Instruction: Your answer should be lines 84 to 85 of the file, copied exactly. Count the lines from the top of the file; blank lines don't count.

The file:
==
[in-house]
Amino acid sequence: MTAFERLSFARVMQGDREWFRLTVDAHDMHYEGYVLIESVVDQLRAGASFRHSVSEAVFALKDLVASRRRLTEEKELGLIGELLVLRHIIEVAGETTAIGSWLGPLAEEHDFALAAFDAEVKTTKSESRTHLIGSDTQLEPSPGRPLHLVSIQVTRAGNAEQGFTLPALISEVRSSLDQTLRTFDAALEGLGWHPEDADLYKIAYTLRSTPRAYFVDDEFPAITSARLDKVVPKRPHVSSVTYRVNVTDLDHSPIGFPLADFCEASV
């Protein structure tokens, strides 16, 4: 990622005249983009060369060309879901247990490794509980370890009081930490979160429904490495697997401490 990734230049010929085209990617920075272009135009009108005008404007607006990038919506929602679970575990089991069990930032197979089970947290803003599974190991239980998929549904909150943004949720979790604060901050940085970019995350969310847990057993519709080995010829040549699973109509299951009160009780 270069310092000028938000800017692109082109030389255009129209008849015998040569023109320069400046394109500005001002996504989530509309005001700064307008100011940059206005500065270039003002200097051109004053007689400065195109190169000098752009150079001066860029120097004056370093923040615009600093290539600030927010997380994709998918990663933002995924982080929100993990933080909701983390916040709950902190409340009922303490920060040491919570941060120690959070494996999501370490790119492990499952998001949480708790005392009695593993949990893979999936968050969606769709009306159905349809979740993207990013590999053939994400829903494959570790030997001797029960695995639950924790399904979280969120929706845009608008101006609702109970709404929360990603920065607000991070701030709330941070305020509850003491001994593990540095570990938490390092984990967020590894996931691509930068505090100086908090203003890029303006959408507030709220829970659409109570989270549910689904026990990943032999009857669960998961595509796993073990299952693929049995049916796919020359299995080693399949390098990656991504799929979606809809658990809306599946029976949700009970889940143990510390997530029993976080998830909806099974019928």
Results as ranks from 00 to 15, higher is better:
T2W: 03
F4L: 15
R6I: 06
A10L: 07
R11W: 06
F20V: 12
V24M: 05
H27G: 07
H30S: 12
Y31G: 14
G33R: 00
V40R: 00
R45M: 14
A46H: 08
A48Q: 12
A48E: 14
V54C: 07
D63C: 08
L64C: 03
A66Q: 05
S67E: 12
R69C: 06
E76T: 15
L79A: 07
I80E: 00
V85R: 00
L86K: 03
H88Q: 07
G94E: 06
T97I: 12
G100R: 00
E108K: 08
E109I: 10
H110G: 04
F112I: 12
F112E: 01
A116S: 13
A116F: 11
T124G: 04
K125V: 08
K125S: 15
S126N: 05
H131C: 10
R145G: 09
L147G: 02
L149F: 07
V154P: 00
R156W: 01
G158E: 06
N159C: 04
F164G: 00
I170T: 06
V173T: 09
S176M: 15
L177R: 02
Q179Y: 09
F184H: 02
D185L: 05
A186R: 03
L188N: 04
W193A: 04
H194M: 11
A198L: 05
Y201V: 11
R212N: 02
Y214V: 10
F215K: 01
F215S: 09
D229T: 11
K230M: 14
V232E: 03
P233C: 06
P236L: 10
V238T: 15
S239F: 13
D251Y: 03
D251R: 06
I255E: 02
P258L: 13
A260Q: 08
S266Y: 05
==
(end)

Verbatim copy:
A260Q: 08
S266Y: 05